The IAB held its 2017 Mobile Symposium in New York on June 13. The theme for this year’s event was “Always On: Surviving and Thriving in a Mobile World.” This could have been the theme for the past five years’ events – and could probably work for the next five years ahead as well. As mobile handset numbers continue to grow globally, the fight for attention and survival on the smartphone screen will be increasingly more important – and more challenging.

Obviously, there was a lot to discuss at the IAB event, so I’ll dive right into some of the themes that were featured throughout the day:

Mobile Time Spent vs. Mobile Ad Spend

Today, advertisers are spending more money on display, but that trend is beginning to shift: as consumers spend increasingly more time on mobile, our ad spend should shift accordingly. There is a $16 billion gap today between the time spent on mobile and the ad dollars funneling towards it. Research shows that a full 28 percent of consumer time is spent on mobile, yet only 21 percent of ad spend heads in that direction.

Consider too that competition for attention is coming from multiple screens. People watching primetime TV are generally on multiple screens, and approximately 80+ percent look to their phones when a commercial comes on. The younger the audience, the higher the percentage turning to their mobile screens. Advertisers spend $39 for a prime-time CPM, but mobile CPMs could be as low as $7 to reach the same person at the same moment – and on mobile, you’d have their undivided attention.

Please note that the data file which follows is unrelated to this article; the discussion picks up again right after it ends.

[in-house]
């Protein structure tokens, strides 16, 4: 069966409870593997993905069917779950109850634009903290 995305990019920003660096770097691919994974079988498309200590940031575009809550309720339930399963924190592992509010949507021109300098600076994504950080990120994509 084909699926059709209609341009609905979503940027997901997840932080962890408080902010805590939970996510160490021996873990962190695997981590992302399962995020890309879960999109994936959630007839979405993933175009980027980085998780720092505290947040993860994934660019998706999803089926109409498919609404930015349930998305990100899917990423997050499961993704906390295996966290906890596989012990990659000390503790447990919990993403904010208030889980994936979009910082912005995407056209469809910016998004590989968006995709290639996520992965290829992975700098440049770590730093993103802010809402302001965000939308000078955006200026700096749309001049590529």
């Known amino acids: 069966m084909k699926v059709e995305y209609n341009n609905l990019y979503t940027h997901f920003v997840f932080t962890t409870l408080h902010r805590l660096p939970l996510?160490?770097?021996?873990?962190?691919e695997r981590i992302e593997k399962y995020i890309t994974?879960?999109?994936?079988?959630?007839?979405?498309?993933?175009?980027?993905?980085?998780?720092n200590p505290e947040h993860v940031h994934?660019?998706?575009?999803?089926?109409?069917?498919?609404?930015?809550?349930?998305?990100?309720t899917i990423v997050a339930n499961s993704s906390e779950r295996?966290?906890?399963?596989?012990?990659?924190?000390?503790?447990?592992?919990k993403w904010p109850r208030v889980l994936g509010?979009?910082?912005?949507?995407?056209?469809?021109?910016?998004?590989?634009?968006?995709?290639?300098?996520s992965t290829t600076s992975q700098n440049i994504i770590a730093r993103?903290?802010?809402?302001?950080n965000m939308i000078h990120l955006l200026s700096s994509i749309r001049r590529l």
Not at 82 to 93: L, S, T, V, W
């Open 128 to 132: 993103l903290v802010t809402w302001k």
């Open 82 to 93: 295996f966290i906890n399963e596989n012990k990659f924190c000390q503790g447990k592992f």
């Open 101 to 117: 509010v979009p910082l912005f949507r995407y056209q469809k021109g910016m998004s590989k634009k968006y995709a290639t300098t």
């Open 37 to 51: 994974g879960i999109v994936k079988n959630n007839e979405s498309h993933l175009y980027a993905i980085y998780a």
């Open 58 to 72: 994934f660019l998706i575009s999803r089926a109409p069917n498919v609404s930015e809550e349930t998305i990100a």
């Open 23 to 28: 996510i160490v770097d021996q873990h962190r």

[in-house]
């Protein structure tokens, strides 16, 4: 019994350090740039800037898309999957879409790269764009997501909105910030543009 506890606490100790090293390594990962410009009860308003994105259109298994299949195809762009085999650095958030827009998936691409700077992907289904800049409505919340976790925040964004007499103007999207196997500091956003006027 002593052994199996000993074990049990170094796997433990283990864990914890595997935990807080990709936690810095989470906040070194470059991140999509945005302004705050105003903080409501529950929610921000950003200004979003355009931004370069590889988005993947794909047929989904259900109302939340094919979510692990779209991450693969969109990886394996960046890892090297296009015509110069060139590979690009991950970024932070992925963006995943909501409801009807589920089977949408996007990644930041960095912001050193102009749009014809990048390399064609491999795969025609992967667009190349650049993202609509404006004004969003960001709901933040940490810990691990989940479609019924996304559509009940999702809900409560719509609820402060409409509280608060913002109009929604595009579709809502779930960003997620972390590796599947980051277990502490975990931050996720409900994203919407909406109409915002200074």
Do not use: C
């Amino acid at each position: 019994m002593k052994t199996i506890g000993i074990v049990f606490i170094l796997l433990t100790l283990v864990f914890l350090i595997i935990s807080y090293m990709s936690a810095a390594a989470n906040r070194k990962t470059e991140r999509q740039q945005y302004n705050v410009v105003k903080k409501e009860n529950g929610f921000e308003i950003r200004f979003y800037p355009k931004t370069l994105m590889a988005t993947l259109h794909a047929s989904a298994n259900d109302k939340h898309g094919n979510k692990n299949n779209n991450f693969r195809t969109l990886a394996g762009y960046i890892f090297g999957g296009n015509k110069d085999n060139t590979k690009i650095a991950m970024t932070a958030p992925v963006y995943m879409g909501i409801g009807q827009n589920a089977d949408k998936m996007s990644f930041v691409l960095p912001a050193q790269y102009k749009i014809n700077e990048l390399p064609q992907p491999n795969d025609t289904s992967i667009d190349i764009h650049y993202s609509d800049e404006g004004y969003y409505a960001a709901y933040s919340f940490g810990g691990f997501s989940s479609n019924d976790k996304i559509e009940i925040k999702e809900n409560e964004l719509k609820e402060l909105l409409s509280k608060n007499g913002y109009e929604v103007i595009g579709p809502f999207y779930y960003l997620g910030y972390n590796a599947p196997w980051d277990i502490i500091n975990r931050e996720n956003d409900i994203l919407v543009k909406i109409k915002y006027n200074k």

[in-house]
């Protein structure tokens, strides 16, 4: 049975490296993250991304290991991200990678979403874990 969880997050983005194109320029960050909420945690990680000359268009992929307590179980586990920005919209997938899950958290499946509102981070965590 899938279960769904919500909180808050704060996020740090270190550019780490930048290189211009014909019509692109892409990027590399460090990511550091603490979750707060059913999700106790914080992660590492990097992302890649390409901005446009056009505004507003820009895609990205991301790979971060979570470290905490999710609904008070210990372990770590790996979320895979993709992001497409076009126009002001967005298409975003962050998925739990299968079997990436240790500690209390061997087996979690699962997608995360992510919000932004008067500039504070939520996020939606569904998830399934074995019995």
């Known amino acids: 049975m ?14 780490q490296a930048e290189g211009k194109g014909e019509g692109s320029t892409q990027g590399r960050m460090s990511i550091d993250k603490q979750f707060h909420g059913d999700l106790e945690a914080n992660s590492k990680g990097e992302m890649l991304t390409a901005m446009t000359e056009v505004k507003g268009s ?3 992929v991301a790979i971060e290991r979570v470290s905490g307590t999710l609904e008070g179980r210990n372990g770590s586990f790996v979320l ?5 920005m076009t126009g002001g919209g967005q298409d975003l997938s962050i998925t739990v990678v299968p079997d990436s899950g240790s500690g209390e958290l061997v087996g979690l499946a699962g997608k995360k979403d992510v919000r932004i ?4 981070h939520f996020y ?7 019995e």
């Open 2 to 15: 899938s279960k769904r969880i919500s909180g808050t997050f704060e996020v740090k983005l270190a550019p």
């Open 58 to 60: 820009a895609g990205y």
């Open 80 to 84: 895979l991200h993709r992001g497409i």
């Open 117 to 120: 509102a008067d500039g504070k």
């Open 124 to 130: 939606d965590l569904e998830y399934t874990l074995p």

From Mobile to Mobility

Another common theme discussed focuses on the philosophical aspects of mobile marketing – and brings up some very valid ideas that we frequently overlook. Alexa Christon, head of media innovation at GE, led a session that discussed how her company “sets itself apart by weighing scalable options against cutting-edge solutions in a constantly evolving market.” There were a lot of smart takeaways as Christon dove into the ways in which GE focuses more on customer behavior, rather than specific channels.

One key point from Christon is that we must remember that we are not advertising to a mobile device, we’re advertising to a mobile person. Too frequently we focus too heavily on the screen, rather than the person looking at the screen, and how they are experiencing and receiving our messages.

At Blis, we remind marketers of the importance and value of taking into consideration behavioral data over time and using it to build audience profiles. These profiles will serve to drive better and more accurate targeting.

Beating Ad Blocking with Mobile